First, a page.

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Warmer oceans found to be baby sharks' "kryptonite"  

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Warmer oceans are causing baby sharks to be born smaller, exhausted and undernourished, according to a new study.

A team of The James Cook University researchers have been working with the epaulette shark since 2012, a species only found on the Great Barrier Reef.

Associate Professor Jodie Rummer says the species was chosen for the study because of the challenging conditions it is able to survive in, but rising ocean temperatures seem to be their "kryptonite".

“The epaulette shark is known for its resilience to change, even to ocean acidification,” she says.

"If they were growing up in warm water, they would hatch with a weird colouration pattern that was not their typical stripes and dots.

“So, if this species can’t cope with warming waters then how will other, less tolerant species fare?”

The shark embryos were tested in waters up to 31°C.

Hotter conditions caused the sharks to develop faster and use their yolk sac quicker, causing them to hatch quicker.

Dr Rummer says that while faster development may sound like a good thing, it actually means the sharks were hatching undernourished, smaller and very hungry.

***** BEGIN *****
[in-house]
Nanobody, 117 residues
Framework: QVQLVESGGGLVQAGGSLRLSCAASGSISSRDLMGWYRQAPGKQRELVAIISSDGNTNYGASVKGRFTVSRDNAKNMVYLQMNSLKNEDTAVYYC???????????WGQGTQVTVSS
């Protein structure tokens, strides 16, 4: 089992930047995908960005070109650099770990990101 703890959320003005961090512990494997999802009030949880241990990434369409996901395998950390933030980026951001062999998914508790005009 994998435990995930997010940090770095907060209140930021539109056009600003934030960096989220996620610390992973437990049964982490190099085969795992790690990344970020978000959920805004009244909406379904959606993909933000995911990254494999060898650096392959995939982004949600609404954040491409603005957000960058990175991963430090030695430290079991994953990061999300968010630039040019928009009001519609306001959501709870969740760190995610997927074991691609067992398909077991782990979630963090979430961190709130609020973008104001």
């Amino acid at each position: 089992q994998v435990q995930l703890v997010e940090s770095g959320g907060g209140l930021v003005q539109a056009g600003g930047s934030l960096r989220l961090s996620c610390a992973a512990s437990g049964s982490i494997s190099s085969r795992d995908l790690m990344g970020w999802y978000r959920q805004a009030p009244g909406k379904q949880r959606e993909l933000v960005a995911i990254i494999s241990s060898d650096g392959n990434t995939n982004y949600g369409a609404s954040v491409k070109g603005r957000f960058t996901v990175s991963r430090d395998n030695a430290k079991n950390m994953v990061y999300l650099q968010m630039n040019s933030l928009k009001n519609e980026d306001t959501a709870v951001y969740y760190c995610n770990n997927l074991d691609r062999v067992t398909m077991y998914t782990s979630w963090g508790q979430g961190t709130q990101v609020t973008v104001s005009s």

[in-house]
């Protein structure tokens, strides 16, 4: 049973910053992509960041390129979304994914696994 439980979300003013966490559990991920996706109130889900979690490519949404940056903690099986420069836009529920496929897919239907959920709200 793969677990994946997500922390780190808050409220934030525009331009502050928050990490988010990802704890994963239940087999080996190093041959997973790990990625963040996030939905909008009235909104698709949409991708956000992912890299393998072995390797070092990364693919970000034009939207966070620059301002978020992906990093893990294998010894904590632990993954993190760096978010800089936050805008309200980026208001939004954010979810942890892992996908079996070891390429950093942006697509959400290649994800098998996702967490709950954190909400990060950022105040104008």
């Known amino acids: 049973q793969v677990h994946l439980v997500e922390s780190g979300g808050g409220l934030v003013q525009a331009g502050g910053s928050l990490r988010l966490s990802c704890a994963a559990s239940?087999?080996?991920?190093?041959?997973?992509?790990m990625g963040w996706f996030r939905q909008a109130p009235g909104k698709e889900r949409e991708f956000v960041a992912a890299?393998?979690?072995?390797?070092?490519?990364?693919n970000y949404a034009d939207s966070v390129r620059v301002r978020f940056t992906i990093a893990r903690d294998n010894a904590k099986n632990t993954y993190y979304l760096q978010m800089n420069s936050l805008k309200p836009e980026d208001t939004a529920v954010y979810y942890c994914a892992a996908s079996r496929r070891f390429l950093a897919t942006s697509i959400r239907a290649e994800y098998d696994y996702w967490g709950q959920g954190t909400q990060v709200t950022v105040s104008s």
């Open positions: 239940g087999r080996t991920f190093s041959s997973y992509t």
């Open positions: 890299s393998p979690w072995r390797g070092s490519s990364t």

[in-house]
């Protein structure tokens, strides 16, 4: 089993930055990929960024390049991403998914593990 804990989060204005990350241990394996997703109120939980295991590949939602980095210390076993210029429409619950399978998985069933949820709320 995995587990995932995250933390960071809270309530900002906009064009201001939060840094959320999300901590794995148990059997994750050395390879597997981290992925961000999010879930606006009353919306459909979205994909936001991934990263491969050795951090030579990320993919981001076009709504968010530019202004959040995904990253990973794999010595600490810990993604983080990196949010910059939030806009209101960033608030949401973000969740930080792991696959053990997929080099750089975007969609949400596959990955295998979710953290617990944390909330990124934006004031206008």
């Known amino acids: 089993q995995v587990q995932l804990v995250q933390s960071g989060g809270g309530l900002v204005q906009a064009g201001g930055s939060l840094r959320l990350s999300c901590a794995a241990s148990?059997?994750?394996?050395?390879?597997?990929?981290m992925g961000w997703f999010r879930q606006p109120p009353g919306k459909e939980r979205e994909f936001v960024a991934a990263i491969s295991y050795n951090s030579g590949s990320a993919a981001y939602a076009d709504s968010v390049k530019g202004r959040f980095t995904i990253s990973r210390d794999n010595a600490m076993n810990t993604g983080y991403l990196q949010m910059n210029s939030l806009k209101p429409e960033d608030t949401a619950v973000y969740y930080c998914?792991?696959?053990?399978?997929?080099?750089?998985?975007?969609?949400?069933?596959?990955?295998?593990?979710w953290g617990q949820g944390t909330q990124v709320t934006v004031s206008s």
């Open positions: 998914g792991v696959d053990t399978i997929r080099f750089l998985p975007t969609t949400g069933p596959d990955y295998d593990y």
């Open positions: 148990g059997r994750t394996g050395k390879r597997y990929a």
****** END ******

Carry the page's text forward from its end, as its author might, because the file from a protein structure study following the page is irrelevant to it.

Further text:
"If a shark hatches and it's hungry immediately and has to learn how to hunt immediately, that's going to put a really interesting tax or toll on that ecosystem," she says.

The research suggests that live-bearing shark species may be able to deal with the affects of warmer water better than egg-laying species.

Dr Rummer says this a concern because around 40 percent of all sharks are egg-layers.

"Egg-layers probably are at a little bit more of a disadvantage, because when the mother lays those eggs, they have to tolerate whatever conditions come their way," she says.

"They can't just move because conditions are not favourable."

While over-fishing is the biggest threat posed to sharks, marine parks and sanctuaries to protect them won't be able to save them from the affects of climate change.

Sharks are an integral part of their ecosystem, but because they grow slower and produce less young than other fish species, researchers are concerned they might not be able to adapt to climate change and oceans getting warmer.

 

Image: Supplied by E.Moothart